There are far fancier ways of approaching this simulation; for example, use state/county/demographic-specific rates,  estimate the cause of death for each occurrence based on available data from the US Census or other mortality tables freely available, and/or use information on how the rates may be change during the day/week/month.  Replacing this component of the visualization shouldn't be difficult - certainly nothing compared to the potential effort in gathering/curating/cleaning/formatting the data.

N.B. The birth and death rates above should correspond to about 11,500 births and 6,800 deaths per day, on average. I accidentally left a Safari window open last night, and here a half-day later it is at roughly half of these values (~5500 births and~ 3400 deaths).

Data

A number of sources of data were brought together for this. However, I think that I have just skimmed the surface in terms of exploiting the data available.  In all cases the final form of the data is in json, although there was some preprocessing required for some aspects.  In particular, getting the relevant county for each of the ~30,000 places/locations from their latitude/longitude was more of a challenge than expected, as this association was not included in the original files that I found.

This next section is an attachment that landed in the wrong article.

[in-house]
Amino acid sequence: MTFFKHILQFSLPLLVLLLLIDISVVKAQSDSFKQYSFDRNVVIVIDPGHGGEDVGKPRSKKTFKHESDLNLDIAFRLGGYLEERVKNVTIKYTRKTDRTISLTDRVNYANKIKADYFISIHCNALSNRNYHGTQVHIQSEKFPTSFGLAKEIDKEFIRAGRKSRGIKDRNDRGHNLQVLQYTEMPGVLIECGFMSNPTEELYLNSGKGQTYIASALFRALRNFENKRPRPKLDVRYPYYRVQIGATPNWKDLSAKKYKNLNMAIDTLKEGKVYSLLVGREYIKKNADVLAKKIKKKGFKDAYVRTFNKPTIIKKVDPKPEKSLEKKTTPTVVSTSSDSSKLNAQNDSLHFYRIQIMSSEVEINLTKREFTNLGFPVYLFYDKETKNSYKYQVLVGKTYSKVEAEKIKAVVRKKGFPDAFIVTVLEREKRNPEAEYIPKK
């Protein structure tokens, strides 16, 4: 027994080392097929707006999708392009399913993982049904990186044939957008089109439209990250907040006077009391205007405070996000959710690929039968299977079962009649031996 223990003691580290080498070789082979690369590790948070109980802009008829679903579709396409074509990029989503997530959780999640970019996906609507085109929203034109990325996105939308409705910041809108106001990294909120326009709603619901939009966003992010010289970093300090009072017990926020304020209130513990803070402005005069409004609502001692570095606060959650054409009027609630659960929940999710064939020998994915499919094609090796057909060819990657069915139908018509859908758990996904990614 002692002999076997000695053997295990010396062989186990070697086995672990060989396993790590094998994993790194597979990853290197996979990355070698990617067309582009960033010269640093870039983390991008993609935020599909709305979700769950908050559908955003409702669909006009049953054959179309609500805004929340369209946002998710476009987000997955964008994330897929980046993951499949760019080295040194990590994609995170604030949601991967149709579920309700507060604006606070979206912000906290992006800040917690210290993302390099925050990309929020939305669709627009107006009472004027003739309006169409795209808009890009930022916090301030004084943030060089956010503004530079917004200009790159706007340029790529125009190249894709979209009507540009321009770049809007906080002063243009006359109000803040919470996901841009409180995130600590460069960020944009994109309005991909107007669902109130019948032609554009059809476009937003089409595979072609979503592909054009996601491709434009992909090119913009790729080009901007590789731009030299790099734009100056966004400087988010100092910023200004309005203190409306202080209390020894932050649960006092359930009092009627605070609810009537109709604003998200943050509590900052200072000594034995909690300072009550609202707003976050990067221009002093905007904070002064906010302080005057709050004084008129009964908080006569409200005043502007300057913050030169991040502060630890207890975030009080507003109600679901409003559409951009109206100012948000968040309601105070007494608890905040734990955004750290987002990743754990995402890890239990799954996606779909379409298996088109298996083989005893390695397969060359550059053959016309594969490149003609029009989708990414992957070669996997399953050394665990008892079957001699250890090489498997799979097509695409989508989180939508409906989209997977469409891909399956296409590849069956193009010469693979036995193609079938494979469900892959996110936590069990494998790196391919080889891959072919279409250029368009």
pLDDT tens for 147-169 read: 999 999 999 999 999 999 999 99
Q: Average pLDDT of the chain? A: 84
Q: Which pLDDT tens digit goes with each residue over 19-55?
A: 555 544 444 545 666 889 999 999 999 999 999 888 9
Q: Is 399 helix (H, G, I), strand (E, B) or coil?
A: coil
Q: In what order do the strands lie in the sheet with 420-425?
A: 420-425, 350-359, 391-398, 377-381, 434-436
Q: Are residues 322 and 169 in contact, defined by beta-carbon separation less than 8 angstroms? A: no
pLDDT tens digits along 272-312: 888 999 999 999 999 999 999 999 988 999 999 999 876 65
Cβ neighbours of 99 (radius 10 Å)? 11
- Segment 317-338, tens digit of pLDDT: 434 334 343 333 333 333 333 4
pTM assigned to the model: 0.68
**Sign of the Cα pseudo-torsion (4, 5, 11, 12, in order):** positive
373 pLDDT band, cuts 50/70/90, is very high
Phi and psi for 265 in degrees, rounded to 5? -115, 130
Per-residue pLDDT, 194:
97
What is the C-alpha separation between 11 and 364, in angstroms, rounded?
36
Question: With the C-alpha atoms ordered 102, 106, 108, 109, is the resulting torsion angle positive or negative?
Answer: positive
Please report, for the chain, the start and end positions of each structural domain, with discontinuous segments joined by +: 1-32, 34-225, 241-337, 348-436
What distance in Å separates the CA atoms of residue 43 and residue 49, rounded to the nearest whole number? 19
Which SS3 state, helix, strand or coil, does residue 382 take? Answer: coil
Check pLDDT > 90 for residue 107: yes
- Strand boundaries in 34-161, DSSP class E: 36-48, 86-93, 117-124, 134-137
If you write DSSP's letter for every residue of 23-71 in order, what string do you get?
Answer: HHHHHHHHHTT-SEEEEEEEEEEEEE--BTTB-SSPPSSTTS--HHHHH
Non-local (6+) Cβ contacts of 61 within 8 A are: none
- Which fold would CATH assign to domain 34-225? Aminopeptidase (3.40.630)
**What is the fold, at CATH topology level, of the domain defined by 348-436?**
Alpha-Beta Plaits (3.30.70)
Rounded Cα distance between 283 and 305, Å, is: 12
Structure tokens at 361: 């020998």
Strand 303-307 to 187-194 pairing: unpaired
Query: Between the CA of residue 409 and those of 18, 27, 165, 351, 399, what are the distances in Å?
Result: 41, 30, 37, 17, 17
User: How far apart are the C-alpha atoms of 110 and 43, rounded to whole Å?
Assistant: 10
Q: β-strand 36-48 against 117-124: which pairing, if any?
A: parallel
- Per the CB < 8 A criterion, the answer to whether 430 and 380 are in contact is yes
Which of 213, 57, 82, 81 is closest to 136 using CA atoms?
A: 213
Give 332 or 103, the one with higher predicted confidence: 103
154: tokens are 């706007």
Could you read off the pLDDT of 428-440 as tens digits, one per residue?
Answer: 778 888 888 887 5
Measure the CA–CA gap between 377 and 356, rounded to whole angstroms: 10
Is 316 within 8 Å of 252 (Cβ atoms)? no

• The county-level svg map data are from USA Counties.svg on Wikipedia; note that adjustments were made to address a handful of counties, primarily in Alaska, that have changed since this map was released

Implementation with D3

D3 is a (free) javascript library by Michael Bostock.  While it may take a little while to get your head around the way it works (which I am still working on), the glorious visualizations that people continue to implement are powerfully motivating.  For the current visualization, while there are not that many lines of "D3-specific" code in the custom javascript, this amazing library is the core for everything.  It makes loading and rendering a snap, and its animation capabilities (via what are referred to as "transitions") are straightforward to use.